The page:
Hospitals boards should not have political agendas | Guest Column

By Robert deGavre

It is disheartening as an island resident to follow the campaign for the election for the hospital board.

Starting with the basics, in Washington state, the purpose of hospital districts and therefore presumably the hospital commissioners, as written in the RCW, is “…to operate hospitals and other health care facilities and to provide hospital services and other health care services for the residents of such districts and other persons.”

The election campaign doesn’t focus upon the core purpose of the board – namely the provision of medical services.  Few candidates even mention the foundational words underpinning the provision of health care services – quality care, affordable care, accessible care. Monica Harrington writes that “I put the rights of patients first.”

I may be naïve; but if I go to the hospital, I expect the medical personnel to give overwhelming priority to the provision of best available care, affordable care, and prompt care, and not as I lay in pain or dying to read to me first a statement of my rights.

The naïve voter could be forgiven by concluding that two candidates – Monica Harrington and Barbara Sharp – are running for the office of county attorney.  Barbara Sharp writes about “compliance with the law” and Monica Harrington writes about “compliance with Washington State law.” Both emphasize “transparency’” and leave the reader to wonder what that code word really means and how it applies to the provision of health care.  Is their objective to use the hospital board as a tax-payer funded forum for legal warfare and bigotry?

As I read the essence of their statements, Monica Harrington and Barbara Sharp are two-trick ponies – death with dignity and reproductive rights. The naïve voter could and should assume that if they are indeed concerned about women’s health, they would speak up about the real issues of women’s health.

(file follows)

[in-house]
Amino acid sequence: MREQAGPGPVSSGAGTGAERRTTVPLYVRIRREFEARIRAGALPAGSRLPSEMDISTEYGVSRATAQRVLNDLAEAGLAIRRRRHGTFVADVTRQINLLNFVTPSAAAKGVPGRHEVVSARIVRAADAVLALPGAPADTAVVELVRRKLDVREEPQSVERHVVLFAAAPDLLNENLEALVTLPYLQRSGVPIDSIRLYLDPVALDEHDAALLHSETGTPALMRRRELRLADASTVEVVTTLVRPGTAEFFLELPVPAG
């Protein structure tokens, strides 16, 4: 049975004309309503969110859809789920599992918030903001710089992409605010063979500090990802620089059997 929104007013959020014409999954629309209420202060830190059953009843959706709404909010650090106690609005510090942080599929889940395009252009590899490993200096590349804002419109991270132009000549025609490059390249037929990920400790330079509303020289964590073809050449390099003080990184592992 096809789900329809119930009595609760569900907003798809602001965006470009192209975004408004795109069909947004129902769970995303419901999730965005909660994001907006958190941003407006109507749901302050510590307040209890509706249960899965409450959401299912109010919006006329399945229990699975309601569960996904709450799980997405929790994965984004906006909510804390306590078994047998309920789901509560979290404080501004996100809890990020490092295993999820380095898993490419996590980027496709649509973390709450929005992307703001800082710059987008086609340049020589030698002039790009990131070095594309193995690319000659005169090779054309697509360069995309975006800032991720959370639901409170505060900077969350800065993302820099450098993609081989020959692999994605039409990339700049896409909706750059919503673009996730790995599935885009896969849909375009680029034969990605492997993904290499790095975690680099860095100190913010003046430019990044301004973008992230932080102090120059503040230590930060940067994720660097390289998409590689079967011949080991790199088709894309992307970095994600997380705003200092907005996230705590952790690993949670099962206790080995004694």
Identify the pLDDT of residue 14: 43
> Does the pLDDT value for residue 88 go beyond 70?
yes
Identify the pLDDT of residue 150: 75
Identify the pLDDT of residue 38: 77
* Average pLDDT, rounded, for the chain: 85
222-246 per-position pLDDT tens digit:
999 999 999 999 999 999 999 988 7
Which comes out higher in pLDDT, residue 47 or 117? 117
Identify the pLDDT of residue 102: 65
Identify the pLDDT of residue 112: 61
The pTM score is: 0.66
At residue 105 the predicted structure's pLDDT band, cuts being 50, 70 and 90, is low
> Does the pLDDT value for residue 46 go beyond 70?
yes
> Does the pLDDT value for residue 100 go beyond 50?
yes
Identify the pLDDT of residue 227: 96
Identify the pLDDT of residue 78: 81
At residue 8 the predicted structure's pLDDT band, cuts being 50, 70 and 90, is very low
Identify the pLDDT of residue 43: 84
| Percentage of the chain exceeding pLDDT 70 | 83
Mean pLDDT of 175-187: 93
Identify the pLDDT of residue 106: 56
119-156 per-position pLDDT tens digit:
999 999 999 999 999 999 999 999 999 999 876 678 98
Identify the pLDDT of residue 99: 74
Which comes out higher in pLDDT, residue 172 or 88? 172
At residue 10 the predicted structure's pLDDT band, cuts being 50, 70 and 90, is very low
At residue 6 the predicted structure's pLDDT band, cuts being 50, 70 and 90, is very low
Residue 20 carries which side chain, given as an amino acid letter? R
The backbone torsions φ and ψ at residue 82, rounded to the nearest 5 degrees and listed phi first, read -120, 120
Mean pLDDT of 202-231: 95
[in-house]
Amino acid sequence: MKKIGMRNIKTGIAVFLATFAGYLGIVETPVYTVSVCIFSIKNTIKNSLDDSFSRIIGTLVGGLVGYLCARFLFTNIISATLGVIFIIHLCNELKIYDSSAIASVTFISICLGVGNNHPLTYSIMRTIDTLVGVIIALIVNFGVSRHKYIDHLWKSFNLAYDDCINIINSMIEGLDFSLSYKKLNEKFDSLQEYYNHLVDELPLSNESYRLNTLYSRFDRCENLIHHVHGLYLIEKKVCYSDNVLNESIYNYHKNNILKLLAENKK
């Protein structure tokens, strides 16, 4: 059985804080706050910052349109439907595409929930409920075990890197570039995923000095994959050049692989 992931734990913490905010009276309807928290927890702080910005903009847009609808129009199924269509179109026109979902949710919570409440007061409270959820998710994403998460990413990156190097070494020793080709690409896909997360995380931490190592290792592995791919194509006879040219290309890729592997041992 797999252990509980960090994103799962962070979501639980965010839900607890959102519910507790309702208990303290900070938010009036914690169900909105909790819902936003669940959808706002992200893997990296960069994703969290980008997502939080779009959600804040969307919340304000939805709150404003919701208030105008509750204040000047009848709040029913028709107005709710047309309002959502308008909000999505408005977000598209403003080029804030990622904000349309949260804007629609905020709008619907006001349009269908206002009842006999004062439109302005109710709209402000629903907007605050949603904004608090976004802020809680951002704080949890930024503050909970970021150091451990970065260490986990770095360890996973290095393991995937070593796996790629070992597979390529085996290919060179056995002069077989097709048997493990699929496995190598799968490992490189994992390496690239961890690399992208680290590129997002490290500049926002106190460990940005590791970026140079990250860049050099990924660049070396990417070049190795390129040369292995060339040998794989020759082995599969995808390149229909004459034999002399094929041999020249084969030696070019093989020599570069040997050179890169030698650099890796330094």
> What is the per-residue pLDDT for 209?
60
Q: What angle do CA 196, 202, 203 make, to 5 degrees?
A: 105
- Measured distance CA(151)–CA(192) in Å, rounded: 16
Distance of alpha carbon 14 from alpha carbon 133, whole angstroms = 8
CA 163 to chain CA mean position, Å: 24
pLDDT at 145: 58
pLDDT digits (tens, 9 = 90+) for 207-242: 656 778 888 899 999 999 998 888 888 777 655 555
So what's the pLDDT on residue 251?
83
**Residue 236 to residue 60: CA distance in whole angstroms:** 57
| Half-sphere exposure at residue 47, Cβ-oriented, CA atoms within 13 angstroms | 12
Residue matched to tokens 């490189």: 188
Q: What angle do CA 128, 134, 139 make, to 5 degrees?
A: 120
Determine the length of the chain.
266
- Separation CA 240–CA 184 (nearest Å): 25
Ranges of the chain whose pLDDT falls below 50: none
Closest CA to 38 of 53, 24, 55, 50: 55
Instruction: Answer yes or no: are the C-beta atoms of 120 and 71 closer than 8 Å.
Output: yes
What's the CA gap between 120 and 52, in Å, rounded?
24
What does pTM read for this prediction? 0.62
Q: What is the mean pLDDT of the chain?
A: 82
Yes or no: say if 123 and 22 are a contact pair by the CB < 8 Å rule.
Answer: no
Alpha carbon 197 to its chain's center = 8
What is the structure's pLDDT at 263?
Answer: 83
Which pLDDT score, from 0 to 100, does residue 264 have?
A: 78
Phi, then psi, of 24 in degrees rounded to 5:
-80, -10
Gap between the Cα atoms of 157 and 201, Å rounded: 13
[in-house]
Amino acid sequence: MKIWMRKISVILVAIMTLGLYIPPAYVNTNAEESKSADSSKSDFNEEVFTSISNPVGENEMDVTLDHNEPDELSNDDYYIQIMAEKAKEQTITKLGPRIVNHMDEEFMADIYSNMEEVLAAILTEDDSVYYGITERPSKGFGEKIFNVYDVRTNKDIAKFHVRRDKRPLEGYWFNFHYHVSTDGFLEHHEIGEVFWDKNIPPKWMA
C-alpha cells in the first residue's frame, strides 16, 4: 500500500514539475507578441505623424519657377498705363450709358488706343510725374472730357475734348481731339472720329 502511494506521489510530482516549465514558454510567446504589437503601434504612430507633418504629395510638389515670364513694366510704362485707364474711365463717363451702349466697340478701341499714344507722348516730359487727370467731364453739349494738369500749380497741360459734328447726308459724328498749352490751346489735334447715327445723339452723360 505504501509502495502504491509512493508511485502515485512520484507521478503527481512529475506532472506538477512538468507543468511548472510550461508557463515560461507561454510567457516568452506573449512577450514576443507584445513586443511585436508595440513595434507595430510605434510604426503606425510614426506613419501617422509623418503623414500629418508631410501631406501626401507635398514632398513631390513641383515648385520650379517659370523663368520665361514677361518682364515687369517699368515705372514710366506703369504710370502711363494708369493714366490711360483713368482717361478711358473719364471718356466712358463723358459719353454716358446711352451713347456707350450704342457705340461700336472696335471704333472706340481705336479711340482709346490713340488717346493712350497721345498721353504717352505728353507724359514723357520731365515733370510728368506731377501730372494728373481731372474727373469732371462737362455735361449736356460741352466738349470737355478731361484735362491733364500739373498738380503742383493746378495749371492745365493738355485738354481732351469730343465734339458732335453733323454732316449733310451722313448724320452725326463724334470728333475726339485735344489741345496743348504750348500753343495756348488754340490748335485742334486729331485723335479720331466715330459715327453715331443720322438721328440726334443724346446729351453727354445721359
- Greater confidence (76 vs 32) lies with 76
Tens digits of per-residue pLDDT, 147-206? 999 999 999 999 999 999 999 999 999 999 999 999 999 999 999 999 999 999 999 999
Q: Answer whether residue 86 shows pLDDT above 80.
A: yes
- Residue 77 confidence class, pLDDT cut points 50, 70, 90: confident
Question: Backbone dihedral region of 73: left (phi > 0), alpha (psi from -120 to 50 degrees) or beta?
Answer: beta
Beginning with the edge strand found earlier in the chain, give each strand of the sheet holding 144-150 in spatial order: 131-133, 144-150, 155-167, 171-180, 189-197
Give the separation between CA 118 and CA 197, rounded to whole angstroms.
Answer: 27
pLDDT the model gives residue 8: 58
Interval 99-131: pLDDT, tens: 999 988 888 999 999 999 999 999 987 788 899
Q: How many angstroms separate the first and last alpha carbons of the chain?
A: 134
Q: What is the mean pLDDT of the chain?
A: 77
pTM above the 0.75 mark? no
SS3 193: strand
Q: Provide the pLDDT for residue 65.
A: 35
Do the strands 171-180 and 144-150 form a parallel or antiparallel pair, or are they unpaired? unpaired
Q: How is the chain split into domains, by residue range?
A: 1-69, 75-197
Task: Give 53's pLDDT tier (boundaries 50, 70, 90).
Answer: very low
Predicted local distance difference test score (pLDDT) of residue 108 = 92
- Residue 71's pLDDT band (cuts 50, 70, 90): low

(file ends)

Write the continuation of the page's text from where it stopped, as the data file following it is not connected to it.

In nearly 40 percent of counties of Washington State and in nearly half the counties in the United States women’s life expectancy is declining. These adverse trends are not because of reproductive rights, but because of increased rates of smoking, drinking and obesity, which in turn lead to increased rates of cancer, heart disease and diabetes, among other morphologies.

(Editor’s note: Research has shown a decline in life expectancy for women, but no conclusive evidence has been found as to why. Although an article in ‘The American Prospect”  states that snoking and unemployemnt are huge factors.)

It would be more reassuring if all the candidates were to focus upon the ugly, intractable issues in the provision of health care. Monica Harrington and Barbara Sharp are lost in the language of our dysfunctional political system and in political shibboleths such as patient rights, transparency, and reproductive rights.

I urge you to vote for those candidates whose only agenda is to improve the availability of quality, affordable, and accessible health care on our islands, and not to vote for those candidates who have a political agenda.